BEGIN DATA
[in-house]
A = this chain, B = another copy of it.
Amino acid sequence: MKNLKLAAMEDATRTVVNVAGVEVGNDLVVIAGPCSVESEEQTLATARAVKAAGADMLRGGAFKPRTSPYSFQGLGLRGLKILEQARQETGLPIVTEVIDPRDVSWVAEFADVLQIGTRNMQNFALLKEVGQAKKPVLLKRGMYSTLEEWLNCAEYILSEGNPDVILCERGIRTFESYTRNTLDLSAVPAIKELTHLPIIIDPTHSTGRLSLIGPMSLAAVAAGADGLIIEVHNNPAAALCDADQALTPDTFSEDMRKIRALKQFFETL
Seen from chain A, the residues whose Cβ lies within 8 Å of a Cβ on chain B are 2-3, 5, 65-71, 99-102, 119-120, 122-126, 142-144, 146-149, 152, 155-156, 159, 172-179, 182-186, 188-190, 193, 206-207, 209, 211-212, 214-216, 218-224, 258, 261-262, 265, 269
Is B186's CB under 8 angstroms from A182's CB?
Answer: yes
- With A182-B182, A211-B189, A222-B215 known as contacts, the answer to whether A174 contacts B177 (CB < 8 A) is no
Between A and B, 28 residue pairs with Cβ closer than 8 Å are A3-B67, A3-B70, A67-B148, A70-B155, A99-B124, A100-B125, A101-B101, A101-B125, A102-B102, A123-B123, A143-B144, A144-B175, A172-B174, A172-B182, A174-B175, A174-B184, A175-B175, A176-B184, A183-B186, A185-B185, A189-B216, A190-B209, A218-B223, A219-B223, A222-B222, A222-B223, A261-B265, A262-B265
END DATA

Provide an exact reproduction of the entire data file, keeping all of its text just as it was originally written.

[in-house]
A = this chain, B = another copy of it.
Amino acid sequence: MKNLKLAAMEDATRTVVNVAGVEVGNDLVVIAGPCSVESEEQTLATARAVKAAGADMLRGGAFKPRTSPYSFQGLGLRGLKILEQARQETGLPIVTEVIDPRDVSWVAEFADVLQIGTRNMQNFALLKEVGQAKKPVLLKRGMYSTLEEWLNCAEYILSEGNPDVILCERGIRTFESYTRNTLDLSAVPAIKELTHLPIIIDPTHSTGRLSLIGPMSLAAVAAGADGLIIEVHNNPAAALCDADQALTPDTFSEDMRKIRALKQFFETL
Seen from chain A, the residues whose Cβ lies within 8 Å of a Cβ on chain B are 2-3, 5, 65-71, 99-102, 119-120, 122-126, 142-144, 146-149, 152, 155-156, 159, 172-179, 182-186, 188-190, 193, 206-207, 209, 211-212, 214-216, 218-224, 258, 261-262, 265, 269
Is B186's CB under 8 angstroms from A182's CB?
Answer: yes
- With A182-B182, A211-B189, A222-B215 known as contacts, the answer to whether A174 contacts B177 (CB < 8 A) is no
Between A and B, 28 residue pairs with Cβ closer than 8 Å are A3-B67, A3-B70, A67-B148, A70-B155, A99-B124, A100-B125, A101-B101, A101-B125, A102-B102, A123-B123, A143-B144, A144-B175, A172-B174, A172-B182, A174-B175, A174-B184, A175-B175, A176-B184, A183-B186, A185-B185, A189-B216, A190-B209, A218-B223, A219-B223, A222-B222, A222-B223, A261-B265, A262-B265